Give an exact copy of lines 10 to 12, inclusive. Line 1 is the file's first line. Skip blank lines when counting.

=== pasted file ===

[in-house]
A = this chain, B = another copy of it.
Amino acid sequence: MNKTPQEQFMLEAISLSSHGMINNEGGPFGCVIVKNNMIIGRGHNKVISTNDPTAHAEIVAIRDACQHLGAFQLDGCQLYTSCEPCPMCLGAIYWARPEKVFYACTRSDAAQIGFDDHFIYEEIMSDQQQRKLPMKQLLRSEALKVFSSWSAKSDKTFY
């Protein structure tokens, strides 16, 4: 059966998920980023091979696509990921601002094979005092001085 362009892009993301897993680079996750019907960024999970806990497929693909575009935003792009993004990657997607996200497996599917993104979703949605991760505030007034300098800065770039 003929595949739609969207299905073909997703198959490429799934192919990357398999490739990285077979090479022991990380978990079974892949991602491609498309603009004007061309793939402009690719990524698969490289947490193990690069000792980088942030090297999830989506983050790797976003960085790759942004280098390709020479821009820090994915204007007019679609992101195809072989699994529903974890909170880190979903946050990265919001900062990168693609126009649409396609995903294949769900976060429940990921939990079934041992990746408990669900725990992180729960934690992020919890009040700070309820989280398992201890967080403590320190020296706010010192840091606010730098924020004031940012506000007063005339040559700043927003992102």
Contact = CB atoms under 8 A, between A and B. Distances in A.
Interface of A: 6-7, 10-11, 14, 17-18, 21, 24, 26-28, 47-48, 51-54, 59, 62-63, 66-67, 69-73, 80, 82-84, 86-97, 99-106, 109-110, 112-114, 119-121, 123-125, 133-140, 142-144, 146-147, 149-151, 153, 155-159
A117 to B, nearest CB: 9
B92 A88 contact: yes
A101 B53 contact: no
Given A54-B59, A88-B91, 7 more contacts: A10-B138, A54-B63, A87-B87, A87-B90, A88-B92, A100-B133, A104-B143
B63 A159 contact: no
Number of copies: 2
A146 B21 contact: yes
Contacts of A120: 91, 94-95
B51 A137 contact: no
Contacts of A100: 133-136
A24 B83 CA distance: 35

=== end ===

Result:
Given A54-B59, A88-B91, 7 more contacts: A10-B138, A54-B63, A87-B87, A87-B90, A88-B92, A100-B133, A104-B143
B63 A159 contact: no
Number of copies: 2